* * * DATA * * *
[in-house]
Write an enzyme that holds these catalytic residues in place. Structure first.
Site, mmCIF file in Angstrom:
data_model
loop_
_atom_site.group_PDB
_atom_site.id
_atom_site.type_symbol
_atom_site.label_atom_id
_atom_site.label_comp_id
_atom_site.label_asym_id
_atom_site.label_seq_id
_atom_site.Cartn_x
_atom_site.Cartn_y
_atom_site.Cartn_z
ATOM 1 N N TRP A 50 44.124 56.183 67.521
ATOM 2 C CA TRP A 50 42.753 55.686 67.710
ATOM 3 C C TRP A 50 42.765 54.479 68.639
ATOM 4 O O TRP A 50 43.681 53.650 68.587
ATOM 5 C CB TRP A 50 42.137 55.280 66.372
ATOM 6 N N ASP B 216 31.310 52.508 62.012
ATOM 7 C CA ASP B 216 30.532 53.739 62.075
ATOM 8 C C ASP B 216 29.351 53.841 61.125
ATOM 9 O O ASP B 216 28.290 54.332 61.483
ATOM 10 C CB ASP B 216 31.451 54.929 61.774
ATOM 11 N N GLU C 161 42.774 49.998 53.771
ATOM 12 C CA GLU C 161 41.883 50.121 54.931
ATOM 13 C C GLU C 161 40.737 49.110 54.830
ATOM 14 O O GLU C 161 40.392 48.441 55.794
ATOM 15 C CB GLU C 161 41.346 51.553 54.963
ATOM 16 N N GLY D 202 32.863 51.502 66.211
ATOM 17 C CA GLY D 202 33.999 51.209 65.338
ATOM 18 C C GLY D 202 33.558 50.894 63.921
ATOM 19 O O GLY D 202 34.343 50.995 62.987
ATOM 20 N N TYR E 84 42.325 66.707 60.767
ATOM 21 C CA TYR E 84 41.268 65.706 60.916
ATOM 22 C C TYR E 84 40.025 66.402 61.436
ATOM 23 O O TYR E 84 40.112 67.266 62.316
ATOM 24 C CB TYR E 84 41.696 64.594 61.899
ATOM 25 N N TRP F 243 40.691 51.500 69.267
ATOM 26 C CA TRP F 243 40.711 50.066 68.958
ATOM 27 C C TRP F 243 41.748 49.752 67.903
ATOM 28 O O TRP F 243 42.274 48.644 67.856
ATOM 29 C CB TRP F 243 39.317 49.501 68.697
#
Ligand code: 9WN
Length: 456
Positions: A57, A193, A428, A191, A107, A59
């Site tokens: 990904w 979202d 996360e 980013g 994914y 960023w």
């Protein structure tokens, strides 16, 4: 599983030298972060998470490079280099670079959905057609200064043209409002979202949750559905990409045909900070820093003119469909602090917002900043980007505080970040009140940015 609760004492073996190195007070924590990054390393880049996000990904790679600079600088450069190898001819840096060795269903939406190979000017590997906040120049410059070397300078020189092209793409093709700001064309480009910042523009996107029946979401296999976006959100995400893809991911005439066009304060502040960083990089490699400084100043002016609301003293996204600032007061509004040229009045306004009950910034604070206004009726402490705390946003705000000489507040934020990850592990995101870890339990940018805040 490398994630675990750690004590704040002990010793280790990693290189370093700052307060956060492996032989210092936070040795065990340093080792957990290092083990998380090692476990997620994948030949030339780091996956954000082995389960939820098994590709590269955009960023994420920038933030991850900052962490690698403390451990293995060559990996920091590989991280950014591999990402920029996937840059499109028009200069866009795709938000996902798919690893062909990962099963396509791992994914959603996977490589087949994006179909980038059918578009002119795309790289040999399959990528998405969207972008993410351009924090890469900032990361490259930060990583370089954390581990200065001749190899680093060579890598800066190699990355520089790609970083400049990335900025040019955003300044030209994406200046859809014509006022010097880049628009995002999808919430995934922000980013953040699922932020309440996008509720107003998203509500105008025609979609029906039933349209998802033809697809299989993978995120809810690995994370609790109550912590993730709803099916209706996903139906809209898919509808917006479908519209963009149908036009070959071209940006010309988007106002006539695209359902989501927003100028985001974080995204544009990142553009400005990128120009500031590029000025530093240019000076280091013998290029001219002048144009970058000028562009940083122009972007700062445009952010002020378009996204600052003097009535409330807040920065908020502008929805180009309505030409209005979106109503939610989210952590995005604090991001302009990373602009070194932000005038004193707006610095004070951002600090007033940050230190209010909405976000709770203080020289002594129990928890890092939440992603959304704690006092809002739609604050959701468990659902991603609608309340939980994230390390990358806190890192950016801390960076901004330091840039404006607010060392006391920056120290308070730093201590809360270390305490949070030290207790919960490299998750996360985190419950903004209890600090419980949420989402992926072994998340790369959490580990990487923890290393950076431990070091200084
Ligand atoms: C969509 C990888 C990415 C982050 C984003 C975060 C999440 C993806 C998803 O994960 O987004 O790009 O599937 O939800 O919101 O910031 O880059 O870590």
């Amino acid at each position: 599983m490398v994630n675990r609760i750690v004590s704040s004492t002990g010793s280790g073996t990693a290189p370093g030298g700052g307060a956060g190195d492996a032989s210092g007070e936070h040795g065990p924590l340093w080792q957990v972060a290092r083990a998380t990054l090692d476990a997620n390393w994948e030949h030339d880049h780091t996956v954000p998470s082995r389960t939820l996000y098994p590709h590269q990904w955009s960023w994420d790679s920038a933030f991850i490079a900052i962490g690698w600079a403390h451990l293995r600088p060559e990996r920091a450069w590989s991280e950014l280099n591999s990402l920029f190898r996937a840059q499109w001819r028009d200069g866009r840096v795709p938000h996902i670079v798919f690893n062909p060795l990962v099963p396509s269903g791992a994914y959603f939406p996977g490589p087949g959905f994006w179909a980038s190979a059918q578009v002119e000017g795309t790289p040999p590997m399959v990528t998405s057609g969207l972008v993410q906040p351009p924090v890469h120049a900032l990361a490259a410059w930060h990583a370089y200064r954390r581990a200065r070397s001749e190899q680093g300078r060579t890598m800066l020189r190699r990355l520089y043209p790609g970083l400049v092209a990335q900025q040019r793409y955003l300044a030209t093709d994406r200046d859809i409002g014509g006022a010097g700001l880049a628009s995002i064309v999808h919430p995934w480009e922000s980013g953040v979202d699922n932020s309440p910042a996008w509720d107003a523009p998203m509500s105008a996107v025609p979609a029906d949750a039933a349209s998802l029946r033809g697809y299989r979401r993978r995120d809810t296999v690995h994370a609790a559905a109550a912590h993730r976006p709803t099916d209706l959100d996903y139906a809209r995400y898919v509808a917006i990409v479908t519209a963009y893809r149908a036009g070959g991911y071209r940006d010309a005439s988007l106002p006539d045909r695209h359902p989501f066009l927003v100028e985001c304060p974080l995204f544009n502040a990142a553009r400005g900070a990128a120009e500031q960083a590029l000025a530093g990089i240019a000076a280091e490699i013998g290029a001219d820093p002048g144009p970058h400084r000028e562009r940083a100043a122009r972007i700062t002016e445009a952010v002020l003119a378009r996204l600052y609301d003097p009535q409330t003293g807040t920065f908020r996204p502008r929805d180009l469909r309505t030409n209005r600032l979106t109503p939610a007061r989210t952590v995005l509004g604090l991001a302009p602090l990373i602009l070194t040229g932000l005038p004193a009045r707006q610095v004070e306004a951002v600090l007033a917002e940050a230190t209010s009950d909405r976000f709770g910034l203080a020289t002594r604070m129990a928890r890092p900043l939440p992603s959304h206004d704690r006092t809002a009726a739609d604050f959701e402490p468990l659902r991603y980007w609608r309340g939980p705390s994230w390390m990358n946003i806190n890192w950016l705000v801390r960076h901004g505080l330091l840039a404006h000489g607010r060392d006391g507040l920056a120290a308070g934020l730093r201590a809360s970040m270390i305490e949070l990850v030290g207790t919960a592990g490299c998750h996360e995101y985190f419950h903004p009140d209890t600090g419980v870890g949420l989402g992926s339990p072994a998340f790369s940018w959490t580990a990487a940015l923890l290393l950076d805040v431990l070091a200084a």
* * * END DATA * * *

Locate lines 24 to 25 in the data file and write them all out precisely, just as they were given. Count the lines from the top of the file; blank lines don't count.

ATOM 9 O O ASP B 216 28.290 54.332 61.483
ATOM 10 C CB ASP B 216 31.451 54.929 61.774